May 05, 1864
1864 Sherman launched his Atlanta Campaign as more than 100,000 Union soldiers began their march into Georgia.
May 05, 1865
1865 Union Col. B.B.Eggleston designated Capt. William G. Lawder as provost-marshal of Atlanta. Eggleston also issued his first order to the citizens of Atlanta: "All persons in and about Atlanta, Ga., in possession of intoxicating liquors of any kind, are hereby prohibited from selling or giving the same to any soldier, whatever, under penalty of forfeiture of all liquors found in their possession."
May 05, 1870
1870 Educator and civil rights activist George Alexander Towns was born in Albany, Georgia. Towns became interested in Atlanta University when one of the school’s graduates taught him as a six-year old. At age fifteen, Towns enrolled in Atlanta University, graduating in 1894, then earning a degree from Harvard in 1900. Towns immediately joined the faculty at Atlanta University, where he remained for forty years. Towns was primarily a teacher, but also acted as a fund raiser, coach, club sponsor, and editor of the alumni magazine. Besides his academic endeavors, Towns also worked diligently for civil rights. He was an active member of the NAACP and strongly encouraged black voter registration. He refused to accept segregation in public transportation, choosing to ride a bicycle to work instead. Even after his retirement from Atlanta University he continued to be an advocate for civil rights. He died in Atlanta on December 20, 1960, just before his and so many others’ work was beginning to gain fruition.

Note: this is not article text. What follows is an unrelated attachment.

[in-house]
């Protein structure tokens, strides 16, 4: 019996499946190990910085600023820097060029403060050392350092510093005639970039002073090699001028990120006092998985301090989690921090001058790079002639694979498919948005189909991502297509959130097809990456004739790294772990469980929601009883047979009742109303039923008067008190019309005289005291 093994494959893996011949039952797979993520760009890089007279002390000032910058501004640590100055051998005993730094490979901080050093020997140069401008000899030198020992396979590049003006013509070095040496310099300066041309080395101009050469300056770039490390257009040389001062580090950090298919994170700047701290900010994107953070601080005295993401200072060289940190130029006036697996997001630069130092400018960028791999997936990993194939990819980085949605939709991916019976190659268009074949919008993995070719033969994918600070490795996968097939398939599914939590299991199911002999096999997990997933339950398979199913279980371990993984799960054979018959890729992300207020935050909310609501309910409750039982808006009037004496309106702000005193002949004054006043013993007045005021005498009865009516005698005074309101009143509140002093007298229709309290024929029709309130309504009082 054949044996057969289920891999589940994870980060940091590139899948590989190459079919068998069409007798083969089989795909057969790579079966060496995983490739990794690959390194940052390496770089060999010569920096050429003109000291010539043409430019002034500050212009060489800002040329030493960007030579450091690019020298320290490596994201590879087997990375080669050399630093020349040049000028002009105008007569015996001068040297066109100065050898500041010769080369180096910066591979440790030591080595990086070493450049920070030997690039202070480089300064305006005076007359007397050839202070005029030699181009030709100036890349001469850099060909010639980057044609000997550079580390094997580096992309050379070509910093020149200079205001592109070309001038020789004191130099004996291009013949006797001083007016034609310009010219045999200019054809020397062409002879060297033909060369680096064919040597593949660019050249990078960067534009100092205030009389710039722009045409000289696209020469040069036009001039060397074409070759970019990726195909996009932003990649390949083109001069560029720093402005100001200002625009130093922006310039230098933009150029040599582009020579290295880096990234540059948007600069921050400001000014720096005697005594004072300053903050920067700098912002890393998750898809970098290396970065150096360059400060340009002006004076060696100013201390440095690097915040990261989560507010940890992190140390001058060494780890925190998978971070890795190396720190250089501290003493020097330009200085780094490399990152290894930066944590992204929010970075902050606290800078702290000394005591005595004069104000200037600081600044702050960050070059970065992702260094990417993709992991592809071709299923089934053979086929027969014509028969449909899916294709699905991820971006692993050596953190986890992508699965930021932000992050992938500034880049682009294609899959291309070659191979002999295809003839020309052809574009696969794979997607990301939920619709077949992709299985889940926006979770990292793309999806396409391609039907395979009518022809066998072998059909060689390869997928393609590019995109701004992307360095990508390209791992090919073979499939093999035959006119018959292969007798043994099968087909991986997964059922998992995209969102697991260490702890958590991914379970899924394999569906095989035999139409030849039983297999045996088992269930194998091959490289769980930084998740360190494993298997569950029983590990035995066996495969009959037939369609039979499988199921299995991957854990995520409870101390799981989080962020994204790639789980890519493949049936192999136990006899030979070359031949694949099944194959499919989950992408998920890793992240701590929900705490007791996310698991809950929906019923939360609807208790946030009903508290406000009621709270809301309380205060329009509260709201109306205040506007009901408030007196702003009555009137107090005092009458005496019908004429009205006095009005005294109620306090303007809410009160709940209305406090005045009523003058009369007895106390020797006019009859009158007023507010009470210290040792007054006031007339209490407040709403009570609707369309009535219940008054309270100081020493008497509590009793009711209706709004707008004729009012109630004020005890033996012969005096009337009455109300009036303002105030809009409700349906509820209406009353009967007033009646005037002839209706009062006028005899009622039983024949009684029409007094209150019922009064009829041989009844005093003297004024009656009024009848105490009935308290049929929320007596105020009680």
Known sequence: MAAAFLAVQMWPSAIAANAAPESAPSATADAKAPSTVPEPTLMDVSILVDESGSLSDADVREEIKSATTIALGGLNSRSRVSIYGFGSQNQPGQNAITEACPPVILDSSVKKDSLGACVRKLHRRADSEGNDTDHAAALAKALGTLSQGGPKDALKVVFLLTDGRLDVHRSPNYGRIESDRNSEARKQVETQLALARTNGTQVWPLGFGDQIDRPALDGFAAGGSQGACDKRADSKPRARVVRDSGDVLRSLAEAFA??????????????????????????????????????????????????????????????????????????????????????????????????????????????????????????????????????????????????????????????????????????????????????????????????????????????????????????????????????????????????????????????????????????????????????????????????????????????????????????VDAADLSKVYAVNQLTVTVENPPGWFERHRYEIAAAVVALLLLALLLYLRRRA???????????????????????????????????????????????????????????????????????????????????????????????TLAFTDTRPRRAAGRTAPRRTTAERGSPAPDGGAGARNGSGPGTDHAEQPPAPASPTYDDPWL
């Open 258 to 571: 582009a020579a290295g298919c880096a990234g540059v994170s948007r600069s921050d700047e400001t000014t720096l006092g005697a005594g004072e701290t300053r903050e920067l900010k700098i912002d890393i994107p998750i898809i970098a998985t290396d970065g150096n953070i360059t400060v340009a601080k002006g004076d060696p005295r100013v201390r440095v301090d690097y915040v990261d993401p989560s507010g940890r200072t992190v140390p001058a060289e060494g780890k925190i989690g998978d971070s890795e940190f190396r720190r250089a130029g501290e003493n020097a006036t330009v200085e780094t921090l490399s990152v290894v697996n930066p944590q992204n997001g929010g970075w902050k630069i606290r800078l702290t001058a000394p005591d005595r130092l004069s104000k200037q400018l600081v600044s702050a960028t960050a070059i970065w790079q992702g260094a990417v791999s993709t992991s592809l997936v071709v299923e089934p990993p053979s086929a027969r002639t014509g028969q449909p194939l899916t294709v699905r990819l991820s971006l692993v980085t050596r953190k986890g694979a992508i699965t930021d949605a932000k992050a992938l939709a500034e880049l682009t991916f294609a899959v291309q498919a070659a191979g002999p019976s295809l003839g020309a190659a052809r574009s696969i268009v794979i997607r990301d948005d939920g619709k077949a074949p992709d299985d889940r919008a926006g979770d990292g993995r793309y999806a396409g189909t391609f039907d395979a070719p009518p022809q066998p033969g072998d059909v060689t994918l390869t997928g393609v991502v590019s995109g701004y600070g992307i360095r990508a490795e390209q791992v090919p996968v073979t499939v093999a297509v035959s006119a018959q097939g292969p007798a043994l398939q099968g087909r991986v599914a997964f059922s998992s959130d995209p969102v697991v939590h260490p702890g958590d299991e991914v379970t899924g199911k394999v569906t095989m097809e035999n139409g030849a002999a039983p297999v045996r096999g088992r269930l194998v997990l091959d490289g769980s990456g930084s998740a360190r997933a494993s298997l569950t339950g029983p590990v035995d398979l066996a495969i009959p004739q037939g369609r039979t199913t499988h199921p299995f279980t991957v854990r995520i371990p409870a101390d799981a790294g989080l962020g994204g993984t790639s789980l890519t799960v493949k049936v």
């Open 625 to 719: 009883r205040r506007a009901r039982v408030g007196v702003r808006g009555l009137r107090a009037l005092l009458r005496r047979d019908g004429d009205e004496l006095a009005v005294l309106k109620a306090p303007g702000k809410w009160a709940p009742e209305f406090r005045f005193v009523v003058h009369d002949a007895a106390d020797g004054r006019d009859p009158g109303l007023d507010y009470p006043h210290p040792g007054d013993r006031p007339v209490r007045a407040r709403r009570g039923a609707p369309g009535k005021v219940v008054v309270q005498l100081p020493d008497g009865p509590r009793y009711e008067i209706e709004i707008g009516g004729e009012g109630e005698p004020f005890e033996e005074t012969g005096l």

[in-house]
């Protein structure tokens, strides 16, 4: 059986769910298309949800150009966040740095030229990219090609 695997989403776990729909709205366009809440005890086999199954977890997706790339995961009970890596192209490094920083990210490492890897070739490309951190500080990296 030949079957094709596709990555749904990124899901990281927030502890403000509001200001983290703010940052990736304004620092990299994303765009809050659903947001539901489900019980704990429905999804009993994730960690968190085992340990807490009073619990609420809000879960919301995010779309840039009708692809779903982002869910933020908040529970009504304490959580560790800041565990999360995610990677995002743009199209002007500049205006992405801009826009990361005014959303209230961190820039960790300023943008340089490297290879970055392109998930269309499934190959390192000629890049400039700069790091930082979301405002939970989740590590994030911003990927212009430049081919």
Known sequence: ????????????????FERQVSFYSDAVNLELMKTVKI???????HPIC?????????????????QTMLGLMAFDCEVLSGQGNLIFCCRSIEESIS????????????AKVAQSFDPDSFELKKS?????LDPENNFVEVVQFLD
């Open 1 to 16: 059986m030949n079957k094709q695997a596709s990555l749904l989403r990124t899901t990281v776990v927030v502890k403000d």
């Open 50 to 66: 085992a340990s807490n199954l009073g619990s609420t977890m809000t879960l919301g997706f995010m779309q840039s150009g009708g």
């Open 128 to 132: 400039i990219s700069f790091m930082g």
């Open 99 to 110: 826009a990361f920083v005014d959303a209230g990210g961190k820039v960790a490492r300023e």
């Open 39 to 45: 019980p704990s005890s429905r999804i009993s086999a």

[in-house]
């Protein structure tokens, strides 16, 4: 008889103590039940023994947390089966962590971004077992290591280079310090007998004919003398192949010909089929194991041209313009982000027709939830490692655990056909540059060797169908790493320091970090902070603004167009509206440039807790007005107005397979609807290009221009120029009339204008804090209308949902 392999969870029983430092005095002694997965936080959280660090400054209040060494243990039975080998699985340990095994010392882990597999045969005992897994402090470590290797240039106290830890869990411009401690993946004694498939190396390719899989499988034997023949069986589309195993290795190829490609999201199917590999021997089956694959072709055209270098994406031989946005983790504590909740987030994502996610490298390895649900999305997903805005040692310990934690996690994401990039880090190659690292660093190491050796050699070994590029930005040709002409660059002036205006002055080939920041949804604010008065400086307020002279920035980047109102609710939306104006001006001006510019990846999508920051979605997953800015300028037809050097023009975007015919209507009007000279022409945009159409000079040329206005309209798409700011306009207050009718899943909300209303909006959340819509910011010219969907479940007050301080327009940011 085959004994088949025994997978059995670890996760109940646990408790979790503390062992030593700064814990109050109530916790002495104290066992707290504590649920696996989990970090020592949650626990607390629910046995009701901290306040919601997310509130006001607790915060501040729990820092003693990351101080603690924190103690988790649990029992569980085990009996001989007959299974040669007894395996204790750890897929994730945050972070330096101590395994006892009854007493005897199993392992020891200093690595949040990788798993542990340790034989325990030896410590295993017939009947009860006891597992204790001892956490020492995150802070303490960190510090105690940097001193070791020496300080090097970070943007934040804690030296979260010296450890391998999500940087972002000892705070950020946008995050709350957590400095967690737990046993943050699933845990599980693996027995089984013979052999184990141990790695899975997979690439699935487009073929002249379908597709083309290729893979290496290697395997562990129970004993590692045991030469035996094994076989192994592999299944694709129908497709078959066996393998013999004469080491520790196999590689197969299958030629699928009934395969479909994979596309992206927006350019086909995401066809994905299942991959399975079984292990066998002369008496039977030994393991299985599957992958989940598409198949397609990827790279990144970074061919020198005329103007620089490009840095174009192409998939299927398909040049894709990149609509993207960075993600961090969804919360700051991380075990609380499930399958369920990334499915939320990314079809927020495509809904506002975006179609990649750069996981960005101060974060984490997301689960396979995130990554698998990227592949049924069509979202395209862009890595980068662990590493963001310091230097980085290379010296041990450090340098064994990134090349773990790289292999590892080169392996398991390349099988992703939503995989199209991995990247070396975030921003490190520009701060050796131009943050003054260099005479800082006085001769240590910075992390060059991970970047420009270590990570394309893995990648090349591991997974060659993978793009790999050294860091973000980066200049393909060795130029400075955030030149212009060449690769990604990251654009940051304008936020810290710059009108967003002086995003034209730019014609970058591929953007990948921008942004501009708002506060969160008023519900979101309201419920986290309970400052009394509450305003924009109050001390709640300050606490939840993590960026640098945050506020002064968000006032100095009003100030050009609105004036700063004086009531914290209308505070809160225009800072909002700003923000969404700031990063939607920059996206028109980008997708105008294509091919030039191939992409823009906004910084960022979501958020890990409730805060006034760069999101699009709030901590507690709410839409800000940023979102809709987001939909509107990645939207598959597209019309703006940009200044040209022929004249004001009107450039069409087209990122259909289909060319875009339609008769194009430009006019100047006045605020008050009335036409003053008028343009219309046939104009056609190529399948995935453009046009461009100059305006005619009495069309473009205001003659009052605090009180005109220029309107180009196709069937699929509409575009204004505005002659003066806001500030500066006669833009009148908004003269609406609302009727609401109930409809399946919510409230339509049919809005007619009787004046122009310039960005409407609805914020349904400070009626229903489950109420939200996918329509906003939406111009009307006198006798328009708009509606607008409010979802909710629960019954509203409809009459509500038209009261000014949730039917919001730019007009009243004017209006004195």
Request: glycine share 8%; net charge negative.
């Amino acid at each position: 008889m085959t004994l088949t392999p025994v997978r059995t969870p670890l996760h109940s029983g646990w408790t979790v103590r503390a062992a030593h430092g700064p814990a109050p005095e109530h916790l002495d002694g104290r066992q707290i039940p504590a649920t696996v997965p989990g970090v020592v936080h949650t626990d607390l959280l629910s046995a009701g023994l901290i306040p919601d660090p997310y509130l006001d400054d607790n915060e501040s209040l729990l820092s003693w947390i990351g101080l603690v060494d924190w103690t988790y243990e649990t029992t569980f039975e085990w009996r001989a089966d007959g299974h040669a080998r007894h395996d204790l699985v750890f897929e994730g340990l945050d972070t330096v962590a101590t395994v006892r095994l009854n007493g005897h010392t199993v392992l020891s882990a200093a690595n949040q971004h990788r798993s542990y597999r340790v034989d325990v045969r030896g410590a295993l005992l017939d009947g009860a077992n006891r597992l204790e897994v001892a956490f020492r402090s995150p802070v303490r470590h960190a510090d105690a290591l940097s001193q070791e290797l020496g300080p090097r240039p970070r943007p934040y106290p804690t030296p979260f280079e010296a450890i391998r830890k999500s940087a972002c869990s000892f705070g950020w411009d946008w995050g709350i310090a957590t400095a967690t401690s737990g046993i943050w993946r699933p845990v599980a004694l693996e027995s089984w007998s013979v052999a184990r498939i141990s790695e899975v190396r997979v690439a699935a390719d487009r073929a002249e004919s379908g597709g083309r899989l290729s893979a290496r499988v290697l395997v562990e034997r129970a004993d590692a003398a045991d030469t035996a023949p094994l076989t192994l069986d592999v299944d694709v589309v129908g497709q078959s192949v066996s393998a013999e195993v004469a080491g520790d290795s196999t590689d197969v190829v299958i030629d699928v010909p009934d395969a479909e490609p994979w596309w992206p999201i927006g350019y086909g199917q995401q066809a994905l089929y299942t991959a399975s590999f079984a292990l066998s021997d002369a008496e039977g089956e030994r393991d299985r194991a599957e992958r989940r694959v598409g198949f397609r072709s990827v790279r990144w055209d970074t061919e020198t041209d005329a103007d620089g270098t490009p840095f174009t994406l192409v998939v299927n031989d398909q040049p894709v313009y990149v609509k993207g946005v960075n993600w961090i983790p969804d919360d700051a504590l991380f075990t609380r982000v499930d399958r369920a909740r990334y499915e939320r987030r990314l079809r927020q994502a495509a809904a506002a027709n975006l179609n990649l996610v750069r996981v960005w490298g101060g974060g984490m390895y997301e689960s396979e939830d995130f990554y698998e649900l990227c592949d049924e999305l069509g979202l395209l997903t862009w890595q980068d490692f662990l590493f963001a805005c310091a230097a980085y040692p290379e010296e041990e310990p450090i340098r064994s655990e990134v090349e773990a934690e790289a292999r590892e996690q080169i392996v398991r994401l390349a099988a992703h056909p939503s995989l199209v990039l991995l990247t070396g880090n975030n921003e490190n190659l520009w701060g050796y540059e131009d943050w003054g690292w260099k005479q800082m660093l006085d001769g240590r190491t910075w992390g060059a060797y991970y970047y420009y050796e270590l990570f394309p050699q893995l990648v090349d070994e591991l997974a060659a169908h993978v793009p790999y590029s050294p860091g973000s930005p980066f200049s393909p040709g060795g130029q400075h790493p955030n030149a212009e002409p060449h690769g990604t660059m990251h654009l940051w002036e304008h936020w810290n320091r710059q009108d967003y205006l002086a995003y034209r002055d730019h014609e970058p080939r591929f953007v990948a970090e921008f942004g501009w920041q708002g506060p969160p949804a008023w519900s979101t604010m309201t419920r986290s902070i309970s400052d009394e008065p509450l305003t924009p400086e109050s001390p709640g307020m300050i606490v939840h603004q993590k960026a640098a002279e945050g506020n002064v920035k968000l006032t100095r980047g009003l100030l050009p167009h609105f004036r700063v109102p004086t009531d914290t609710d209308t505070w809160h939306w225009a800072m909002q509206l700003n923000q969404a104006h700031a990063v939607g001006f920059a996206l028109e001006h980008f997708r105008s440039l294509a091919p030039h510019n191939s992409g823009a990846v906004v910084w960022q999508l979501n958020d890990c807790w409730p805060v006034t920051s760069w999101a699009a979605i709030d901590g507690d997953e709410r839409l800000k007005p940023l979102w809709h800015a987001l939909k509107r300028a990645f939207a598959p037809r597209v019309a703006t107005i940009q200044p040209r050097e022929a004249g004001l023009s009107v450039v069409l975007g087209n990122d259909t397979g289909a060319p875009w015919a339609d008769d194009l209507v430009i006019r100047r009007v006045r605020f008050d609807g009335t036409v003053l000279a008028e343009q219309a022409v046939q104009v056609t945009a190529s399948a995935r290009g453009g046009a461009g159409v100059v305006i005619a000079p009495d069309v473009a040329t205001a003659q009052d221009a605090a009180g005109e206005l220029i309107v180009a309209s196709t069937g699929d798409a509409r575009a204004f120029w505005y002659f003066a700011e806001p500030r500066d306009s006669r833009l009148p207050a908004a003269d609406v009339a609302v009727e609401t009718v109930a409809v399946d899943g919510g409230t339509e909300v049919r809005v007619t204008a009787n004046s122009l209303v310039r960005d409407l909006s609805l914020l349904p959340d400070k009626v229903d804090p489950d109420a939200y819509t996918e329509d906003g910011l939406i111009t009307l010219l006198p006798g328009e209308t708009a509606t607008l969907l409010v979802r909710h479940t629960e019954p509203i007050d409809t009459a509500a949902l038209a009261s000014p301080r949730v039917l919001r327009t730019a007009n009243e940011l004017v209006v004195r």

May 05, 1913
1913 Lemmie Quinn, foreman of Mary Phagan’s work area at the National Pencil Factory, testified he saw Leo Frank the Saturday of the murder and that all was perfectly normal. Furthermore he knew Frank well and was certain that he was not guilty of the murder. But detectives accused him of accepting a bribe from Frank to make those statements, an accusation Quinn firmly denied. Meanwhile several witnesses had come forward to say they had seen a girl resembling Phagan at the Confederate Memorial Day parade that Saturday afternoon; she appeared to be drugged. So the decision was made to exhume Phagan’s body and examine her stomach for signs of drugs.
May 05, 1925
1925 Ty Cobb went 6 for 6 -- including three homers, a double, and two singles -- to give the Detroit Tigers a win over the St. Louis Browns.